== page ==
How long have you been working in nursing? I would think by your first few years of practice you would have experienced how other healthcare providers (and even patients) struggle to respect the education of nurses because it is so varied.

    I think most nurses highly respect the profession.
    I don't dispute that buy point is that the list of changes that need to be made to the educational system is not a Hirt one, I don't think BSN-only even ranks at the top. We don't just need bachelor's degrees. We need VALUABLE bachelor's degrees, or how can we really expect people to invest more of themselves to get it?
  6. 1
    Quote from Stephalump
    I don't dispute that buy point is that the list of changes that need to be made to the educational system is not a Hirt one, I don't think BSN-only even ranks at the top. We don't just need bachelor's degrees. We need VALUABLE bachelor's degrees, or how can we really expect people to invest more of themselves to get it?
    I agree. If you have the money, it's extremely easy to get a BSN at all these for profit online schools. If we changed the entry point to BSN I don't think it would do much considering there's all these ads saying "come get your BSN in only 36 months! Do half online! Wear scrubs to work!" How does this promote professionalism anymore than a multiple point entry into practice? You don't see ads like this for medical school, PT school, dental school, etc. If we want the entry point to be BSN only, the quality of all BSN programs needs to be improved as well. The problem isn't a multiple point entry. The problem is all these for profit online schools. This is what makes many people I know think less of the educational standards of nursing.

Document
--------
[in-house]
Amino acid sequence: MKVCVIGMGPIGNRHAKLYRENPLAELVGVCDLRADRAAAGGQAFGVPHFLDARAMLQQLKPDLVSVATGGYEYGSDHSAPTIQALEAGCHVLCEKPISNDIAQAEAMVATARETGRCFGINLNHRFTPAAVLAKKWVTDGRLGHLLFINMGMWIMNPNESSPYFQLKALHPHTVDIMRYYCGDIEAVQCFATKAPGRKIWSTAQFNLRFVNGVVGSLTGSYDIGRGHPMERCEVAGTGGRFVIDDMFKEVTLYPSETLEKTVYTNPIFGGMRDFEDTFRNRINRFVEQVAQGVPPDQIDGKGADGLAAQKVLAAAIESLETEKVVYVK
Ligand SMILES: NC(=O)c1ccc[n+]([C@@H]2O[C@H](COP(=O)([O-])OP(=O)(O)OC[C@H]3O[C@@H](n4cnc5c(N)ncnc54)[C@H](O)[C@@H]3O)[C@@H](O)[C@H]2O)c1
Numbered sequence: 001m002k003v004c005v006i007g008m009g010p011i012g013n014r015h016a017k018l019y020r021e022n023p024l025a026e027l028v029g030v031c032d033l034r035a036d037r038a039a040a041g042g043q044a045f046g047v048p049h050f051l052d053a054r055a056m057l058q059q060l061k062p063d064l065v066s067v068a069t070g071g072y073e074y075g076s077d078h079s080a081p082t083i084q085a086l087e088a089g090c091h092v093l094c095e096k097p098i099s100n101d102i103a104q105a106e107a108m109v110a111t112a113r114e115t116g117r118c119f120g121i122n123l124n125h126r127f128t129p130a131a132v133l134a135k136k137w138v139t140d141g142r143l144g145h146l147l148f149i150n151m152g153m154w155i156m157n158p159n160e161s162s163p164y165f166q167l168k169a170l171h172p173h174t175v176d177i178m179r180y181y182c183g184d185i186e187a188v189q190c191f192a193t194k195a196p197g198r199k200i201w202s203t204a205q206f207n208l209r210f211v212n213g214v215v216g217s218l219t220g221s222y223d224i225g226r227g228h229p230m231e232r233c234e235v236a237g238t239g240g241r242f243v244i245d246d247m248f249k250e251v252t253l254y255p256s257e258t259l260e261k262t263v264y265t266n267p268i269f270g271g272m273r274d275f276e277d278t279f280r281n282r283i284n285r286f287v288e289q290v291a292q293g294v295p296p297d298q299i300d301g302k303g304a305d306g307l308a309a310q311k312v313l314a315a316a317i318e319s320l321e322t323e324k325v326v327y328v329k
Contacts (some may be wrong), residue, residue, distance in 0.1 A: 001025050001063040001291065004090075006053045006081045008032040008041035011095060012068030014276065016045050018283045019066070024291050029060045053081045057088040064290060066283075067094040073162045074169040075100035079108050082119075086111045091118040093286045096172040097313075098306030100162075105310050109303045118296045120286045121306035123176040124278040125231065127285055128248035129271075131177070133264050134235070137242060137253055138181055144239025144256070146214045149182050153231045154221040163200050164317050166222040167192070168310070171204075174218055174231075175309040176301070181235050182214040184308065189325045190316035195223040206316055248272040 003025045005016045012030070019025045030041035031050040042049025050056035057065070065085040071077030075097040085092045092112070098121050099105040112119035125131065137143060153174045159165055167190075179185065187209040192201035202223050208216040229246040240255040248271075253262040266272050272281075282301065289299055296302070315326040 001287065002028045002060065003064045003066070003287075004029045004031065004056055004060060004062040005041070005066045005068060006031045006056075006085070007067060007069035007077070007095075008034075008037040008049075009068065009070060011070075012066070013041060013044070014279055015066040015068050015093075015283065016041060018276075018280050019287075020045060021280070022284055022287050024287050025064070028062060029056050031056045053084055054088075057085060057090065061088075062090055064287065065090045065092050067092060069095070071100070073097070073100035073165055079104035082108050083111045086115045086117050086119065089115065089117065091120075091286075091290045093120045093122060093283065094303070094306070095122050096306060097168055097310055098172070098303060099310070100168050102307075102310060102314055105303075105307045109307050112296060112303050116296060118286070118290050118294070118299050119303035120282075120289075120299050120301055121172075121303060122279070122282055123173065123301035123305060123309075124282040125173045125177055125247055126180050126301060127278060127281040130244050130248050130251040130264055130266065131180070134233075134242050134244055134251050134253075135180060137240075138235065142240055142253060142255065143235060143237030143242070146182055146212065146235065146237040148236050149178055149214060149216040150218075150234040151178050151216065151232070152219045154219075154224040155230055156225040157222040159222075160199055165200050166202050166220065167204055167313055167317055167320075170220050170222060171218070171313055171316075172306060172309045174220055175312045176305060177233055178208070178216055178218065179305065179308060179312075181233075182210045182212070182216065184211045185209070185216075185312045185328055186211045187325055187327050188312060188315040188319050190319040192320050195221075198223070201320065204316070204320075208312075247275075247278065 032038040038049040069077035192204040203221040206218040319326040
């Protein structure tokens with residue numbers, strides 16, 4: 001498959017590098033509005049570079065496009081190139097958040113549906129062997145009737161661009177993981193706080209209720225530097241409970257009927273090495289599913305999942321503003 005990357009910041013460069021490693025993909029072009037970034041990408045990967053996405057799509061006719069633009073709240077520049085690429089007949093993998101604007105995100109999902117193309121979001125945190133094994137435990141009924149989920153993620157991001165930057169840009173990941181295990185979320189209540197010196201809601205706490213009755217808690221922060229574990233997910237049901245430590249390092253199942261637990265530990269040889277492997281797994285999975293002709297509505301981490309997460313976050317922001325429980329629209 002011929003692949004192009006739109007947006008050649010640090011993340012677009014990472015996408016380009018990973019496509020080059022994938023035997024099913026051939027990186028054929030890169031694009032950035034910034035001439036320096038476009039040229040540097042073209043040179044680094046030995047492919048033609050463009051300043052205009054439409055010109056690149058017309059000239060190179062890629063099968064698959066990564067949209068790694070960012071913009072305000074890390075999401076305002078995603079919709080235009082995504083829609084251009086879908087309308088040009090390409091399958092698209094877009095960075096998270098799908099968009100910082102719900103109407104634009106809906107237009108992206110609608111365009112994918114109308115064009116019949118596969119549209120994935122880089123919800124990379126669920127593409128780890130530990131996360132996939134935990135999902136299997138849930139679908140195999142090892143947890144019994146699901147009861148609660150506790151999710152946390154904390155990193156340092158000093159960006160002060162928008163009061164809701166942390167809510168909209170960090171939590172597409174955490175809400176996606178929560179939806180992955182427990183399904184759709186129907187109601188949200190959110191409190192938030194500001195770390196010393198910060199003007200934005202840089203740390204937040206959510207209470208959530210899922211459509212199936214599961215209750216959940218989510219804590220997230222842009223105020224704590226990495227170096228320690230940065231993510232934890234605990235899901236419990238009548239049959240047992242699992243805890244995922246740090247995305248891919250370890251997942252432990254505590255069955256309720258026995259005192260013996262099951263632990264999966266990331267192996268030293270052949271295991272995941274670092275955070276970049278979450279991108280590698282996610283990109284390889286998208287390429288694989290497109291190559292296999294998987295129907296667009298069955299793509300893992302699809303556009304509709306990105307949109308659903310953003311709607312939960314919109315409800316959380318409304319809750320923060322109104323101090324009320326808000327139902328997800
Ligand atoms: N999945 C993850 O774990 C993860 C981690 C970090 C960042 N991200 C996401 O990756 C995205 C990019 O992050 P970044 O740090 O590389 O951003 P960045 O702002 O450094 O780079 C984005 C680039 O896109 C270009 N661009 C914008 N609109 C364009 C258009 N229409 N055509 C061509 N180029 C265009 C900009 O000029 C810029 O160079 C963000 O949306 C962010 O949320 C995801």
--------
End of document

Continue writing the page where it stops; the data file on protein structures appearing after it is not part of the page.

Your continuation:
Last edit by soxgirl2008 on Feb 9, '13
    gummi bear likes this.
  7. 1
    Quote from BostonFNP
    Just playing a bit of devil's advocate here but if you believe in nurses obtaining higher education I assume you feel that it is valuable to their practice, so, if you we're sick and needed a nurse who you had never met, would you want one with an ADN, BSN, or MSN/DNP?Nurses have incredible responsibility for other people's lives. It it really appropriate that we let them take that responsibility with less education because it is cheaper/faster/easier?I would never disrespect a nurse with and ADN; I would love for them to continue on in education but that's their choice. I do advocate for a bachelor entrance to practice though.